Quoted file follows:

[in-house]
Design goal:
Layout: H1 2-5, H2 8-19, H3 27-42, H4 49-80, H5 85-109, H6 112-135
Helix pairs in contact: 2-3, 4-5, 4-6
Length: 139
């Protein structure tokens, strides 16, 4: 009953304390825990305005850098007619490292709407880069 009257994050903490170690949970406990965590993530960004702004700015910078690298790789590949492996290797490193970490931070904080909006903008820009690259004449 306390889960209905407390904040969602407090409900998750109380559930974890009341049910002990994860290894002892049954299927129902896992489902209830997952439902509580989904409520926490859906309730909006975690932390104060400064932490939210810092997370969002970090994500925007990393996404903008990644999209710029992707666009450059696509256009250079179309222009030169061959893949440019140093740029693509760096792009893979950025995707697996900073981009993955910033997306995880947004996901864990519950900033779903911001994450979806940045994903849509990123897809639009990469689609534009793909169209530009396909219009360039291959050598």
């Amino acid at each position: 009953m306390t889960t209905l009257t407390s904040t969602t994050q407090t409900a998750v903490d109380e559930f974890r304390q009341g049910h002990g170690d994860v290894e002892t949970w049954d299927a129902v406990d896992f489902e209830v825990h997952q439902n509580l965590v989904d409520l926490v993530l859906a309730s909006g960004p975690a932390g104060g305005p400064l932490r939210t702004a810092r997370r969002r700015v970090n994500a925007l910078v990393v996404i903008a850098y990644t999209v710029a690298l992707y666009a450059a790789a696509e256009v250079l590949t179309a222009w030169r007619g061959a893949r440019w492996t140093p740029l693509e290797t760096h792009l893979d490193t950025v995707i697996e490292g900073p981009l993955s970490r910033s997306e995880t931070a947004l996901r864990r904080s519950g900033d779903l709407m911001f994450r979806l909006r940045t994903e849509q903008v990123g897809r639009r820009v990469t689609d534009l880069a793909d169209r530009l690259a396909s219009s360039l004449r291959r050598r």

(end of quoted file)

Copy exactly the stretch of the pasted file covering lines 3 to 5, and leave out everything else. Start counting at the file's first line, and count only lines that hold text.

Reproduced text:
Layout: H1 2-5, H2 8-19, H3 27-42, H4 49-80, H5 85-109, H6 112-135
Helix pairs in contact: 2-3, 4-5, 4-6
Length: 139